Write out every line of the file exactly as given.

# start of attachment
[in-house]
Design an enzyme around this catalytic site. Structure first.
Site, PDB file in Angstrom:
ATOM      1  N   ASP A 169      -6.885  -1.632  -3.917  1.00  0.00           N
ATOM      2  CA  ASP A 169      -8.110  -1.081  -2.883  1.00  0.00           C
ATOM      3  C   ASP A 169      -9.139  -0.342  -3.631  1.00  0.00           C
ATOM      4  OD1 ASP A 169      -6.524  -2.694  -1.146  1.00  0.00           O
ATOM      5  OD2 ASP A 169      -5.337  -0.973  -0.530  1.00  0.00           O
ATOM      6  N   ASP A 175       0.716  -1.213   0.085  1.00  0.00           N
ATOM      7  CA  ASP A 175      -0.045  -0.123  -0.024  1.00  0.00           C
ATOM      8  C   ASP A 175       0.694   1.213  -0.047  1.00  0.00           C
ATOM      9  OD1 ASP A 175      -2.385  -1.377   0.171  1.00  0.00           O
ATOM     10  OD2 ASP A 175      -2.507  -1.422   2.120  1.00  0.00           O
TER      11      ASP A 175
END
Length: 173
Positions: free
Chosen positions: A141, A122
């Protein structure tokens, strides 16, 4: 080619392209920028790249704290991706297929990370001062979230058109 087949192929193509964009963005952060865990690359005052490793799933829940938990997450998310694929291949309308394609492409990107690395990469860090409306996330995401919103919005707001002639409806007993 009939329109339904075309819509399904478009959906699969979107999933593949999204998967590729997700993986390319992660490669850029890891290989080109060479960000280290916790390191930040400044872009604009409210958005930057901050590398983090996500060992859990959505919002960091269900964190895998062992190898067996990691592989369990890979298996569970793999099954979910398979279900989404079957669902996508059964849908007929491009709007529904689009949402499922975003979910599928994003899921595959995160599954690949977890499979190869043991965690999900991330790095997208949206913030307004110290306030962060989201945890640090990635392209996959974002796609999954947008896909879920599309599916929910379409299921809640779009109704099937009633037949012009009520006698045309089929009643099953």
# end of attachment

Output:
[in-house]
Design an enzyme around this catalytic site. Structure first.
Site, PDB file in Angstrom:
ATOM      1  N   ASP A 169      -6.885  -1.632  -3.917  1.00  0.00           N
ATOM      2  CA  ASP A 169      -8.110  -1.081  -2.883  1.00  0.00           C
ATOM      3  C   ASP A 169      -9.139  -0.342  -3.631  1.00  0.00           C
ATOM      4  OD1 ASP A 169      -6.524  -2.694  -1.146  1.00  0.00           O
ATOM      5  OD2 ASP A 169      -5.337  -0.973  -0.530  1.00  0.00           O
ATOM      6  N   ASP A 175       0.716  -1.213   0.085  1.00  0.00           N
ATOM      7  CA  ASP A 175      -0.045  -0.123  -0.024  1.00  0.00           C
ATOM      8  C   ASP A 175       0.694   1.213  -0.047  1.00  0.00           C
ATOM      9  OD1 ASP A 175      -2.385  -1.377   0.171  1.00  0.00           O
ATOM     10  OD2 ASP A 175      -2.507  -1.422   2.120  1.00  0.00           O
TER      11      ASP A 175
END
Length: 173
Positions: free
Chosen positions: A141, A122
């Protein structure tokens, strides 16, 4: 080619392209920028790249704290991706297929990370001062979230058109 087949192929193509964009963005952060865990690359005052490793799933829940938990997450998310694929291949309308394609492409990107690395990469860090409306996330995401919103919005707001002639409806007993 009939329109339904075309819509399904478009959906699969979107999933593949999204998967590729997700993986390319992660490669850029890891290989080109060479960000280290916790390191930040400044872009604009409210958005930057901050590398983090996500060992859990959505919002960091269900964190895998062992190898067996990691592989369990890979298996569970793999099954979910398979279900989404079957669902996508059964849908007929491009709007529904689009949402499922975003979910599928994003899921595959995160599954690949977890499979190869043991965690999900991330790095997208949206913030307004110290306030962060989201945890640090990635392209996959974002796609999954947008896909879920599309599916929910379409299921809640779009109704099937009633037949012009009520006698045309089929009643099953």